In the year 1258, more than 100,000 soldiers amassed outside the great Islamic city of Baghdad. They were the Mongol Army, led by the grandson of the fearsome Genghis Khan. Within weeks, they'd left the city – which had stood as the center of power and commerce in the Muslim world for nearly 500 years – smoldering in a grotesque heap. And that was just the beginning. The Mongols would continue to push West, conquering Muslim cities until there was just one left in their way: Cairo.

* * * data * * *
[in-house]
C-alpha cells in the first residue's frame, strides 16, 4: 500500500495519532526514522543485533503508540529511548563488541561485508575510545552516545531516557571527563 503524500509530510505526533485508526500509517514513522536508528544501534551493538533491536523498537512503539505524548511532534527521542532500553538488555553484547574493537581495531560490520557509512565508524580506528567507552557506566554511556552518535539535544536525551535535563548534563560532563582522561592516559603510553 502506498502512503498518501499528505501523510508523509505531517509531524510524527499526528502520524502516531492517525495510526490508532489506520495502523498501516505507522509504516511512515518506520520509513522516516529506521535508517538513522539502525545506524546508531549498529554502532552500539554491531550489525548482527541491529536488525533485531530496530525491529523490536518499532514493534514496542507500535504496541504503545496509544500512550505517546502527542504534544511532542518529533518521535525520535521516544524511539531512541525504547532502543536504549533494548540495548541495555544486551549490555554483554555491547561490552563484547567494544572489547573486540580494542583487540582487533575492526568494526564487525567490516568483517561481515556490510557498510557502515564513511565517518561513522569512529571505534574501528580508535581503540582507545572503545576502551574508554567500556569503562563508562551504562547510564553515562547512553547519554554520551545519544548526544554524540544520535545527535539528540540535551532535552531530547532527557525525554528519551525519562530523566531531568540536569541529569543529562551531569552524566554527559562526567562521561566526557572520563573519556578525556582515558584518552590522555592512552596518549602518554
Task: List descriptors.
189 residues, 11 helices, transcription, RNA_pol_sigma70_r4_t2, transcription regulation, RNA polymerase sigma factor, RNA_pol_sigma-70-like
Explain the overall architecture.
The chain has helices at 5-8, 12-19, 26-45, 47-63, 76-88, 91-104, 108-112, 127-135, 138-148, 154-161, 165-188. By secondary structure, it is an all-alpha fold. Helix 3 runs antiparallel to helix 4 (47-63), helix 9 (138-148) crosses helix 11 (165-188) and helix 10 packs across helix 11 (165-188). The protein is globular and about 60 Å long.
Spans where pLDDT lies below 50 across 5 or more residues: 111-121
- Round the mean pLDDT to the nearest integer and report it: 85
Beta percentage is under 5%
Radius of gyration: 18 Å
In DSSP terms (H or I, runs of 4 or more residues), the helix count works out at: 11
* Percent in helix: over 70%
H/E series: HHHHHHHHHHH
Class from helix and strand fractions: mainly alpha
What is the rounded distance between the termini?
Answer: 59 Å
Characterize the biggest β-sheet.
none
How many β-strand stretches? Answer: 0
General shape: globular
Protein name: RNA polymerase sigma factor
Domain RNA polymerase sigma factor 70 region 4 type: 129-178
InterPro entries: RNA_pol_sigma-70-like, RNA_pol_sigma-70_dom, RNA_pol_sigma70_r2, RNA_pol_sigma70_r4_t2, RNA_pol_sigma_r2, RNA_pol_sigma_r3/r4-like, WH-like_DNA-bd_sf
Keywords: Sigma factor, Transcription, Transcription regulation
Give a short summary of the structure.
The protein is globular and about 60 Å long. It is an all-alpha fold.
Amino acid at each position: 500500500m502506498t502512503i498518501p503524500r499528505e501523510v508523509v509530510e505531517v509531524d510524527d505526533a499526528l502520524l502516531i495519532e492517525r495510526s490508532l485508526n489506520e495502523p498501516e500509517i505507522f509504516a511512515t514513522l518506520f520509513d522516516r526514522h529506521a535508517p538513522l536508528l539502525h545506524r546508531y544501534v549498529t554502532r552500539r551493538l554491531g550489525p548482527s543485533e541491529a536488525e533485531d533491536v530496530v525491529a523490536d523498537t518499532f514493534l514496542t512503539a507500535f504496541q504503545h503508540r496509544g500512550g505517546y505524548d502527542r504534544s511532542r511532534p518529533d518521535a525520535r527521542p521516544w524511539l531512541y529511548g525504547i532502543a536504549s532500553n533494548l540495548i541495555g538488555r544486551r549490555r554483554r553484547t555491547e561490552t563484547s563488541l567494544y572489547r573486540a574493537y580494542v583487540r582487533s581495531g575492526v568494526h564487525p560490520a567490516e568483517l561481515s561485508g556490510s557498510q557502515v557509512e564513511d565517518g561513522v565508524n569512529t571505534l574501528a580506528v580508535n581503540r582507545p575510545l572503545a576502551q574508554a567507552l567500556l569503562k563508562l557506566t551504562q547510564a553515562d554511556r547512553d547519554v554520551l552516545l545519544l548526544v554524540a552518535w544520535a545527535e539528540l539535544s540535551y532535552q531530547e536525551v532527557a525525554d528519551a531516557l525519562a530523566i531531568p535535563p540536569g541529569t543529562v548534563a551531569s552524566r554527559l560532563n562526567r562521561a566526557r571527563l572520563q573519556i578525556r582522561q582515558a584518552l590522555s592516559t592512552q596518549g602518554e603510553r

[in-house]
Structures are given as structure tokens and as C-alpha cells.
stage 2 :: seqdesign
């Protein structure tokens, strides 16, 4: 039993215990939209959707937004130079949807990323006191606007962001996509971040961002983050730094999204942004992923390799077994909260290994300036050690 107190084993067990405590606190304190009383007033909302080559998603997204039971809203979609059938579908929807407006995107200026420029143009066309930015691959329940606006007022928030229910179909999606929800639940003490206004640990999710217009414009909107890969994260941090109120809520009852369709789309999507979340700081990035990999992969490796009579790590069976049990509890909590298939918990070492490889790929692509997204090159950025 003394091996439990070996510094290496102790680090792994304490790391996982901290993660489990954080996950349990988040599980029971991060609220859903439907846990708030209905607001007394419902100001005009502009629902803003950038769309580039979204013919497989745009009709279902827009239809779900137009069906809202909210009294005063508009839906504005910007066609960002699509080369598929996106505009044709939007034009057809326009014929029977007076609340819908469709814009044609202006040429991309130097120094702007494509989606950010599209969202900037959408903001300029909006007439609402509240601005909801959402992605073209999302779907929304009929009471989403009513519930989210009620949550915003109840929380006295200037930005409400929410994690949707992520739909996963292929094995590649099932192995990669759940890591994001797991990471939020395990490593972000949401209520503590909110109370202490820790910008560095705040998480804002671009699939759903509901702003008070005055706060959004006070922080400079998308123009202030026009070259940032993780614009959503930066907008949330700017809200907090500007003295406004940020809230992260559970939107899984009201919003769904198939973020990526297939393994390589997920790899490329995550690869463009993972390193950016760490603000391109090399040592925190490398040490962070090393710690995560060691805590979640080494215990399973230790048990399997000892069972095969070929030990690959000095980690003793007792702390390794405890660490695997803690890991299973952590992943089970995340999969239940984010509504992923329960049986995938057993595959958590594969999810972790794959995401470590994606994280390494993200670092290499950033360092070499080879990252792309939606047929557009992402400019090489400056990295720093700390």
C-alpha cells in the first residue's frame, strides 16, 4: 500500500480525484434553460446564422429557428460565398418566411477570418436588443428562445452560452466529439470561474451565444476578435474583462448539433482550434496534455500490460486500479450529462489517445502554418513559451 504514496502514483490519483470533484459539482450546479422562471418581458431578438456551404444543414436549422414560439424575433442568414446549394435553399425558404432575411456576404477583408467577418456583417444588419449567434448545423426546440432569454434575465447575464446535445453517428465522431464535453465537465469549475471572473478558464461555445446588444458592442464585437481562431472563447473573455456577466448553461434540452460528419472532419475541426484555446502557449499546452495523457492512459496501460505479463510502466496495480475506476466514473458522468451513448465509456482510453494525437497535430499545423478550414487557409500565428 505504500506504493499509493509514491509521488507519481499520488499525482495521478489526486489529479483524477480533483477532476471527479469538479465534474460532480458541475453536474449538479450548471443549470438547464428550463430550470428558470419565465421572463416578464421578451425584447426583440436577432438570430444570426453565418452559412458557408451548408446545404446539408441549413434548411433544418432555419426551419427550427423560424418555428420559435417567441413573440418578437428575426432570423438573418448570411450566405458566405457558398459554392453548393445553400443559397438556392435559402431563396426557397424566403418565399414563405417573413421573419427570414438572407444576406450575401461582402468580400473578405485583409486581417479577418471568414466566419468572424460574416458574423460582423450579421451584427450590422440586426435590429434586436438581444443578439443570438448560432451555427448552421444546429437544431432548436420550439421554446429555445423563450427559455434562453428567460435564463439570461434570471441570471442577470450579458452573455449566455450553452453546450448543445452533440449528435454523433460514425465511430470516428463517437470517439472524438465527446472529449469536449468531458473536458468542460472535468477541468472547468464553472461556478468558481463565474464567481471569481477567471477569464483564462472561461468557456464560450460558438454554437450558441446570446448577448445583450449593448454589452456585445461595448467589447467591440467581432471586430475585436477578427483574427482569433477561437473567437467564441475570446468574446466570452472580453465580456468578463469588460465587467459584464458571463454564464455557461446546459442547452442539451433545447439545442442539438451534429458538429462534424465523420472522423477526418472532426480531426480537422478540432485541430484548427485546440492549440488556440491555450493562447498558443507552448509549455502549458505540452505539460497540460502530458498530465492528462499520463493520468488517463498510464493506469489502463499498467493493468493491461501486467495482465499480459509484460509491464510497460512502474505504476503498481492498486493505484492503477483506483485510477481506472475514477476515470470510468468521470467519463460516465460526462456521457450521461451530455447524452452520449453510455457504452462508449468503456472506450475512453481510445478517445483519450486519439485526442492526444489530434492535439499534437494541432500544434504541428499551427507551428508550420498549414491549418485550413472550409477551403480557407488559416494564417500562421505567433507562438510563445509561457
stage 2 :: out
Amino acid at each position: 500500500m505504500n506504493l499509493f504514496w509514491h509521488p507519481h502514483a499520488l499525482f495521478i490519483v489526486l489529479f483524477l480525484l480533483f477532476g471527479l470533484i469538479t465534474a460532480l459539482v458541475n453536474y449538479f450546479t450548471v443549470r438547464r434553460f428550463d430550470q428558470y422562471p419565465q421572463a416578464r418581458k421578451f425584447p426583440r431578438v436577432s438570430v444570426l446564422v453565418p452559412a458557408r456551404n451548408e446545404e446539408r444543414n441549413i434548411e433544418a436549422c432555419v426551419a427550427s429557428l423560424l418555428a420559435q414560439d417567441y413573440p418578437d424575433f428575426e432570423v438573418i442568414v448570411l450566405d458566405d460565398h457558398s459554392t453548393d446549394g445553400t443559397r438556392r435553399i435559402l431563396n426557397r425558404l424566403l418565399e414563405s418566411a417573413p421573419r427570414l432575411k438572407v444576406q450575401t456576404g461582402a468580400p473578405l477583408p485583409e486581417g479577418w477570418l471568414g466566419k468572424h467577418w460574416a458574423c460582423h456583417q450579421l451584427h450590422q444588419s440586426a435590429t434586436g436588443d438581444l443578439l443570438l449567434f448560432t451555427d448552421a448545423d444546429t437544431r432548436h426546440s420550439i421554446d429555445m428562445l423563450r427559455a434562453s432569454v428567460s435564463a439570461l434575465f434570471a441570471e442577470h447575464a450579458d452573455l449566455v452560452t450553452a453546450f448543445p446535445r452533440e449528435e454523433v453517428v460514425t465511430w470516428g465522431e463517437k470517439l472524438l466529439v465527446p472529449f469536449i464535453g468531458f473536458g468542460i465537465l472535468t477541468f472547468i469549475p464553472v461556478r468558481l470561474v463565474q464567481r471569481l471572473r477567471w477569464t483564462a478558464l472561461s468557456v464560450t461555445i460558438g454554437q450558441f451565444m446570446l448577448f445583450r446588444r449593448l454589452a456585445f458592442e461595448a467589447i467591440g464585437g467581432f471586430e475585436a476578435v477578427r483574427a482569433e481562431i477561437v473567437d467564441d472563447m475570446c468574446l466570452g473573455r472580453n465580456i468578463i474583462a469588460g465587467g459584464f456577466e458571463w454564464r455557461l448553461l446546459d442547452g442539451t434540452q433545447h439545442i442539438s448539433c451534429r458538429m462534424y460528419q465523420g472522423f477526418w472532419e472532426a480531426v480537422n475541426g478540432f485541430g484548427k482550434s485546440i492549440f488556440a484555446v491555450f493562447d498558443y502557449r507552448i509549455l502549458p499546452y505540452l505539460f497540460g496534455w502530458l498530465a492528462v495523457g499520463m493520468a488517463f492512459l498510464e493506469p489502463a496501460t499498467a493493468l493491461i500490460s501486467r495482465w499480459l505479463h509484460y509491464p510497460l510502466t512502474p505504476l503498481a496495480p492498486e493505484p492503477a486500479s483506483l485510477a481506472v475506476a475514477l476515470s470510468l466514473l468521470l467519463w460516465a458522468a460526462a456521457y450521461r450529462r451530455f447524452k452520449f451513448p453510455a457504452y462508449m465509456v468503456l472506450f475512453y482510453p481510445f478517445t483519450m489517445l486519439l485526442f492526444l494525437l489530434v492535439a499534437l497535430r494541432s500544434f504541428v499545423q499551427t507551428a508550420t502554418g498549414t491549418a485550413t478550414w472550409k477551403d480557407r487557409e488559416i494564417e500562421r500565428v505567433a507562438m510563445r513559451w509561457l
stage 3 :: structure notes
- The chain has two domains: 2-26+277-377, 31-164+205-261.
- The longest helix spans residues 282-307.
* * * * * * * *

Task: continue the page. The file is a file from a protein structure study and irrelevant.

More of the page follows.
In the valley where it is said David once met Goliath, an unlikely group of slave soldiers fought a battle that would decide the fate of the Islamic world. A battle you may never have heard of that's as important to world history as D-Day or Gettysburg. It's a story full of personal and societal rivalries, political scheming, vengeance, and treachery – a real-life Game of Thrones. The Battle of Ayn Jalut.
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